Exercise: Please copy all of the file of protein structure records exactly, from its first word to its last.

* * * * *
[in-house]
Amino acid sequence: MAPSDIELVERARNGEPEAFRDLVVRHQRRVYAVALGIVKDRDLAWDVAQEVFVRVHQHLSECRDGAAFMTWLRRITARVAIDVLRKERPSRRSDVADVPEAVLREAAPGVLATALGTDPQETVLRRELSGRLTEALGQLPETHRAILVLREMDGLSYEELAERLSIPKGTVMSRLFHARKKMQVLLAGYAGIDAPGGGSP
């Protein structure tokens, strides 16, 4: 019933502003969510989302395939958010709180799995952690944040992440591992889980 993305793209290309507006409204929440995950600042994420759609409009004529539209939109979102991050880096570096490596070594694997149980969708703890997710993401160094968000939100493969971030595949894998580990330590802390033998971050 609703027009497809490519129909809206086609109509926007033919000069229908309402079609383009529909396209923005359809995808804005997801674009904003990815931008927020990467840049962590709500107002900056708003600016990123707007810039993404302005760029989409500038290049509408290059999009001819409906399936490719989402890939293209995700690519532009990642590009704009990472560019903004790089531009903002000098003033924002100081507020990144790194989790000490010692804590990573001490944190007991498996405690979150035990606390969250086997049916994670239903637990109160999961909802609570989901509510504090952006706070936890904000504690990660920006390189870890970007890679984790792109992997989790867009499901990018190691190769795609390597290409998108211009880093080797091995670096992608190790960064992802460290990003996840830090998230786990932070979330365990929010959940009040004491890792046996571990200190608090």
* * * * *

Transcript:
[in-house]
Amino acid sequence: MAPSDIELVERARNGEPEAFRDLVVRHQRRVYAVALGIVKDRDLAWDVAQEVFVRVHQHLSECRDGAAFMTWLRRITARVAIDVLRKERPSRRSDVADVPEAVLREAAPGVLATALGTDPQETVLRRELSGRLTEALGQLPETHRAILVLREMDGLSYEELAERLSIPKGTVMSRLFHARKKMQVLLAGYAGIDAPGGGSP
């Protein structure tokens, strides 16, 4: 019933502003969510989302395939958010709180799995952690944040992440591992889980 993305793209290309507006409204929440995950600042994420759609409009004529539209939109979102991050880096570096490596070594694997149980969708703890997710993401160094968000939100493969971030595949894998580990330590802390033998971050 609703027009497809490519129909809206086609109509926007033919000069229908309402079609383009529909396209923005359809995808804005997801674009904003990815931008927020990467840049962590709500107002900056708003600016990123707007810039993404302005760029989409500038290049509408290059999009001819409906399936490719989402890939293209995700690519532009990642590009704009990472560019903004790089531009903002000098003033924002100081507020990144790194989790000490010692804590990573001490944190007991498996405690979150035990606390969250086997049916994670239903637990109160999961909802609570989901509510504090952006706070936890904000504690990660920006390189870890970007890679984790792109992997989790867009499901990018190691190769795609390597290409998108211009880093080797091995670096992608190790960064992802460290990003996840830090998230786990932070979330365990929010959940009040004491890792046996571990200190608090």